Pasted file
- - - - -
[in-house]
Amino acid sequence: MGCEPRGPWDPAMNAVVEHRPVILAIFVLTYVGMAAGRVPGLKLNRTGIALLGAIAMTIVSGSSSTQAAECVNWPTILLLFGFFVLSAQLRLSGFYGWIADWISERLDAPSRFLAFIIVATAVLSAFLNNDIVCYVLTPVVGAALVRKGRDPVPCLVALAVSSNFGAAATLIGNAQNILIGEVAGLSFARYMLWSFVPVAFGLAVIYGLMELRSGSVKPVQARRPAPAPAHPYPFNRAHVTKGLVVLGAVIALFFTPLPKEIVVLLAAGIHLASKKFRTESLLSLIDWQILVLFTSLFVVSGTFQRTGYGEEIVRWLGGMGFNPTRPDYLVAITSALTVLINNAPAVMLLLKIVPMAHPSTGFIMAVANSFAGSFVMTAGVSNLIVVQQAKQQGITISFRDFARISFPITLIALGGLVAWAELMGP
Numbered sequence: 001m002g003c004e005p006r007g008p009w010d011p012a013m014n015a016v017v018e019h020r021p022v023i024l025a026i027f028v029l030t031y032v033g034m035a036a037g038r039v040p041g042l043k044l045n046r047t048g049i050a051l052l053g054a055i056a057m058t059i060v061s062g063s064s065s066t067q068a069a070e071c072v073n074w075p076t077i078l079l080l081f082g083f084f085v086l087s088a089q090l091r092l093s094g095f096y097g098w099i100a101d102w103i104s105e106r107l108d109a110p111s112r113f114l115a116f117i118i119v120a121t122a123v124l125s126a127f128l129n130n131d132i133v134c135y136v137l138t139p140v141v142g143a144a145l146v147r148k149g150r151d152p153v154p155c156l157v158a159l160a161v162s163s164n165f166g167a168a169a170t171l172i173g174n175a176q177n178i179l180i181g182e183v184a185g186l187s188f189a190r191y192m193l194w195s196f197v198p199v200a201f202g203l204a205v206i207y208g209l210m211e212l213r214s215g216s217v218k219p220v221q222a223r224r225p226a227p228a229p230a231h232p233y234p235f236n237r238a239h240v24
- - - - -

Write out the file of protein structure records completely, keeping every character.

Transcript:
[in-house]
Amino acid sequence: MGCEPRGPWDPAMNAVVEHRPVILAIFVLTYVGMAAGRVPGLKLNRTGIALLGAIAMTIVSGSSSTQAAECVNWPTILLLFGFFVLSAQLRLSGFYGWIADWISERLDAPSRFLAFIIVATAVLSAFLNNDIVCYVLTPVVGAALVRKGRDPVPCLVALAVSSNFGAAATLIGNAQNILIGEVAGLSFARYMLWSFVPVAFGLAVIYGLMELRSGSVKPVQARRPAPAPAHPYPFNRAHVTKGLVVLGAVIALFFTPLPKEIVVLLAAGIHLASKKFRTESLLSLIDWQILVLFTSLFVVSGTFQRTGYGEEIVRWLGGMGFNPTRPDYLVAITSALTVLINNAPAVMLLLKIVPMAHPSTGFIMAVANSFAGSFVMTAGVSNLIVVQQAKQQGITISFRDFARISFPITLIALGGLVAWAELMGP
Numbered sequence: 001m002g003c004e005p006r007g008p009w010d011p012a013m014n015a016v017v018e019h020r021p022v023i024l025a026i027f028v029l030t031y032v033g034m035a036a037g038r039v040p041g042l043k044l045n046r047t048g049i050a051l052l053g054a055i056a057m058t059i060v061s062g063s064s065s066t067q068a069a070e071c072v073n074w075p076t077i078l079l080l081f082g083f084f085v086l087s088a089q090l091r092l093s094g095f096y097g098w099i100a101d102w103i104s105e106r107l108d109a110p111s112r113f114l115a116f117i118i119v120a121t122a123v124l125s126a127f128l129n130n131d132i133v134c135y136v137l138t139p140v141v142g143a144a145l146v147r148k149g150r151d152p153v154p155c156l157v158a159l160a161v162s163s164n165f166g167a168a169a170t171l172i173g174n175a176q177n178i179l180i181g182e183v184a185g186l187s188f189a190r191y192m193l194w195s196f197v198p199v200a201f202g203l204a205v206i207y208g209l210m211e212l213r214s215g216s217v218k219p220v221q222a223r224r225p226a227p228a229p230a231h232p233y234p235f236n237r238a239h240v24